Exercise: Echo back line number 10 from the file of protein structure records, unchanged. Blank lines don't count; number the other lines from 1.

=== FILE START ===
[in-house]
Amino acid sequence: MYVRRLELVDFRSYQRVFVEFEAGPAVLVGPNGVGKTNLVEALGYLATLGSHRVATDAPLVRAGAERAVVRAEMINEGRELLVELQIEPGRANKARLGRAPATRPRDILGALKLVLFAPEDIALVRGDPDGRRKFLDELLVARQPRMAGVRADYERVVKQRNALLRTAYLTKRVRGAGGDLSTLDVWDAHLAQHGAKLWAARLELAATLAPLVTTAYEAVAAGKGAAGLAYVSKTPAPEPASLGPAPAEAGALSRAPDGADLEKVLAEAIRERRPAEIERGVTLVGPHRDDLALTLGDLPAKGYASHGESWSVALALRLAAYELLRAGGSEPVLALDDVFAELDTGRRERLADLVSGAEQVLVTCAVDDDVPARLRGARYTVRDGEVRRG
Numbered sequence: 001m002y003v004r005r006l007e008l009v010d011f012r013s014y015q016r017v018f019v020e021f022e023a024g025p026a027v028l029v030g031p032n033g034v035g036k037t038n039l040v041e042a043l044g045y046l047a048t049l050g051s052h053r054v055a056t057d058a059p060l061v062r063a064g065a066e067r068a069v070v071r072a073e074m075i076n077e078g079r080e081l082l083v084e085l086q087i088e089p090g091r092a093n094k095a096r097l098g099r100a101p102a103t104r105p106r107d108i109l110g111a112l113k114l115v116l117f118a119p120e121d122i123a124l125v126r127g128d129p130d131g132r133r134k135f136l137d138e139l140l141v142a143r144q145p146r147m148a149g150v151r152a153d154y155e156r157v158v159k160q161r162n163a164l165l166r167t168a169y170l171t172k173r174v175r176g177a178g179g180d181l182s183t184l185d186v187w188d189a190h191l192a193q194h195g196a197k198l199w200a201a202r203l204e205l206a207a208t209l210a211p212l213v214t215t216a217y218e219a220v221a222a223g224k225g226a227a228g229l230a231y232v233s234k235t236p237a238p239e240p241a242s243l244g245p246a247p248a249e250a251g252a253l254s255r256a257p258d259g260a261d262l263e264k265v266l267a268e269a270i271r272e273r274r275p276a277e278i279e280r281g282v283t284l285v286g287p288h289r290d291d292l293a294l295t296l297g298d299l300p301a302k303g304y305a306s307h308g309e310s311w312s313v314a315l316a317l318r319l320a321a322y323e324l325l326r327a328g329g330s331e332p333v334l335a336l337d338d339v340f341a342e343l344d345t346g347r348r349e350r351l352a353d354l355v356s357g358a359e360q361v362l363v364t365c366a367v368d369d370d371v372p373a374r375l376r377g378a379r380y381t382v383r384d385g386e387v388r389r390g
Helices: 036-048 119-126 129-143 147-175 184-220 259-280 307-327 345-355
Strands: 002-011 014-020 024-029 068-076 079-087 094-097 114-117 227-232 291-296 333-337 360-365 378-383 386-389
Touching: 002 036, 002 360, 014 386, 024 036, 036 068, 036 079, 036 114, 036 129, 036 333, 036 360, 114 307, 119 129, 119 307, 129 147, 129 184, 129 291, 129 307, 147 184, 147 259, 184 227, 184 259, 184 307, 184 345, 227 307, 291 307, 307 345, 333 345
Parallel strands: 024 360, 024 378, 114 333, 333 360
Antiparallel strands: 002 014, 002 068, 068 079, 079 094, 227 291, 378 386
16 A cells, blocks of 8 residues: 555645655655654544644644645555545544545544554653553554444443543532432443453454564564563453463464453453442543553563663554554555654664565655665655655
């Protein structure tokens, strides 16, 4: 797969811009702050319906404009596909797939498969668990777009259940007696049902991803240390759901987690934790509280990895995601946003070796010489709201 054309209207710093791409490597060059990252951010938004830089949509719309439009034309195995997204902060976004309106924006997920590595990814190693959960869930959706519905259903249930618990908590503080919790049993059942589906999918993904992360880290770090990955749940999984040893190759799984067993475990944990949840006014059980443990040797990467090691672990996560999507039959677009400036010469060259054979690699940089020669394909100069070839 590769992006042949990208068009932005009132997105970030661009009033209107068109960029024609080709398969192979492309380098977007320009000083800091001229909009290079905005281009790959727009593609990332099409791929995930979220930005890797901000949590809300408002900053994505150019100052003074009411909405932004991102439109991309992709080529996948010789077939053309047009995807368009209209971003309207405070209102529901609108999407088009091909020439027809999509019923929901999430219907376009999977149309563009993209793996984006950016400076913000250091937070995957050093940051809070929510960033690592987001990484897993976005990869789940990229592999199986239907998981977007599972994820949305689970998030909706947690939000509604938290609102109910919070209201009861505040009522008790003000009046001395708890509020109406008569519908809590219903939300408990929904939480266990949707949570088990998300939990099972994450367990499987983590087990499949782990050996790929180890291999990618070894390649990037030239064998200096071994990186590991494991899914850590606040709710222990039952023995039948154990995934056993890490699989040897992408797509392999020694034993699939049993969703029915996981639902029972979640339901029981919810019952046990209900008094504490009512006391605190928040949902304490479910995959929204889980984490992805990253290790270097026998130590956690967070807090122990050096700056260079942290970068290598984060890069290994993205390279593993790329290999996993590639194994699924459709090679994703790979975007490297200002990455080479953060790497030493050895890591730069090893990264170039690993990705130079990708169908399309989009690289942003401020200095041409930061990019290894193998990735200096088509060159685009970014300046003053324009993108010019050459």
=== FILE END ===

């Protein structure tokens, strides 16, 4: 797969811009702050319906404009596909797939498969668990777009259940007696049902991803240390759901987690934790509280990895995601946003070796010489709201 054309209207710093791409490597060059990252951010938004830089949509719309439009034309195995997204902060976004309106924006997920590595990814190693959960869930959706519905259903249930618990908590503080919790049993059942589906999918993904992360880290770090990955749940999984040893190759799984067993475990944990949840006014059980443990040797990467090691672990996560999507039959677009400036010469060259054979690699940089020669394909100069070839 590769992006042949990208068009932005009132997105970030661009009033209107068109960029024609080709398969192979492309380098977007320009000083800091001229909009290079905005281009790959727009593609990332099409791929995930979220930005890797901000949590809300408002900053994505150019100052003074009411909405932004991102439109991309992709080529996948010789077939053309047009995807368009209209971003309207405070209102529901609108999407088009091909020439027809999509019923929901999430219907376009999977149309563009993209793996984006950016400076913000250091937070995957050093940051809070929510960033690592987001990484897993976005990869789940990229592999199986239907998981977007599972994820949305689970998030909706947690939000509604938290609102109910919070209201009861505040009522008790003000009046001395708890509020109406008569519908809590219903939300408990929904939480266990949707949570088990998300939990099972994450367990499987983590087990499949782990050996790929180890291999990618070894390649990037030239064998200096071994990186590991494991899914850590606040709710222990039952023995039948154990995934056993890490699989040897992408797509392999020694034993699939049993969703029915996981639902029972979640339901029981919810019952046990209900008094504490009512006391605190928040949902304490479910995959929204889980984490992805990253290790270097026998130590956690967070807090122990050096700056260079942290970068290598984060890069290994993205390279593993790329290999996993590639194994699924459709090679994703790979975007490297200002990455080479953060790497030493050895890591730069090893990264170039690993990705130079990708169908399309989009690289942003401020200095041409930061990019290894193998990735200096088509060159685009970014300046003053324009993108010019050459």